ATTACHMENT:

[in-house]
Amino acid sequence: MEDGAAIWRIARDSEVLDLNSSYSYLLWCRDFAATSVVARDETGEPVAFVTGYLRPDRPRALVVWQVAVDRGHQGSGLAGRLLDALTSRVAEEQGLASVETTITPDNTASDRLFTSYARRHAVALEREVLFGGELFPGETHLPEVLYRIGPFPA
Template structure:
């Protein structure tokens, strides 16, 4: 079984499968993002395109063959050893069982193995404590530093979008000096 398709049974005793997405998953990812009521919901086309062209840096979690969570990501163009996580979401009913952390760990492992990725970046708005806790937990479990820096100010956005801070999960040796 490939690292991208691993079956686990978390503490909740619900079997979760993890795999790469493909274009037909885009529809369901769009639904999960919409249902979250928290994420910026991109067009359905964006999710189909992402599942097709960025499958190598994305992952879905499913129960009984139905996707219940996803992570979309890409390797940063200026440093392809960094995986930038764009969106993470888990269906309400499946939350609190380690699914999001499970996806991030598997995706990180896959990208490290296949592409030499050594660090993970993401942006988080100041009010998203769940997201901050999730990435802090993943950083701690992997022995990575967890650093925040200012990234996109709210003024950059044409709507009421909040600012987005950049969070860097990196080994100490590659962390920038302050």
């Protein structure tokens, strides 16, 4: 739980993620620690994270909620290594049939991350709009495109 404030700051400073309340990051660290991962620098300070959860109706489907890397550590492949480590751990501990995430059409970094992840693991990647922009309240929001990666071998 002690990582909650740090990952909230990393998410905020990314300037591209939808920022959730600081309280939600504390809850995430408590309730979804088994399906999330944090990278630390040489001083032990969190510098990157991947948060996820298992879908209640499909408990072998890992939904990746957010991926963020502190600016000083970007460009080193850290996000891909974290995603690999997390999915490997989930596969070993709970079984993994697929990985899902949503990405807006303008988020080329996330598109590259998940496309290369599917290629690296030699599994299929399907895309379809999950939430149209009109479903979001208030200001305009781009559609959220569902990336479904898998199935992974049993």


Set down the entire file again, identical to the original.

[in-house]
Amino acid sequence: MEDGAAIWRIARDSEVLDLNSSYSYLLWCRDFAATSVVARDETGEPVAFVTGYLRPDRPRALVVWQVAVDRGHQGSGLAGRLLDALTSRVAEEQGLASVETTITPDNTASDRLFTSYARRHAVALEREVLFGGELFPGETHLPEVLYRIGPFPA
Template structure:
């Protein structure tokens, strides 16, 4: 079984499968993002395109063959050893069982193995404590530093979008000096 398709049974005793997405998953990812009521919901086309062209840096979690969570990501163009996580979401009913952390760990492992990725970046708005806790937990479990820096100010956005801070999960040796 490939690292991208691993079956686990978390503490909740619900079997979760993890795999790469493909274009037909885009529809369901769009639904999960919409249902979250928290994420910026991109067009359905964006999710189909992402599942097709960025499958190598994305992952879905499913129960009984139905996707219940996803992570979309890409390797940063200026440093392809960094995986930038764009969106993470888990269906309400499946939350609190380690699914999001499970996806991030598997995706990180896959990208490290296949592409030499050594660090993970993401942006988080100041009010998203769940997201901050999730990435802090993943950083701690992997022995990575967890650093925040200012990234996109709210003024950059044409709507009421909040600012987005950049969070860097990196080994100490590659962390920038302050």
């Protein structure tokens, strides 16, 4: 739980993620620690994270909620290594049939991350709009495109 404030700051400073309340990051660290991962620098300070959860109706489907890397550590492949480590751990501990995430059409970094992840693991990647922009309240929001990666071998 002690990582909650740090990952909230990393998410905020990314300037591209939808920022959730600081309280939600504390809850995430408590309730979804088994399906999330944090990278630390040489001083032990969190510098990157991947948060996820298992879908209640499909408990072998890992939904990746957010991926963020502190600016000083970007460009080193850290996000891909974290995603690999997390999915490997989930596969070993709970079984993994697929990985899902949503990405807006303008988020080329996330598109590259998940496309290369599917290629690296030699599994299929399907895309379809999950939430149209009109479903979001208030200001305009781009559609959220569902990336479904898998199935992974049993």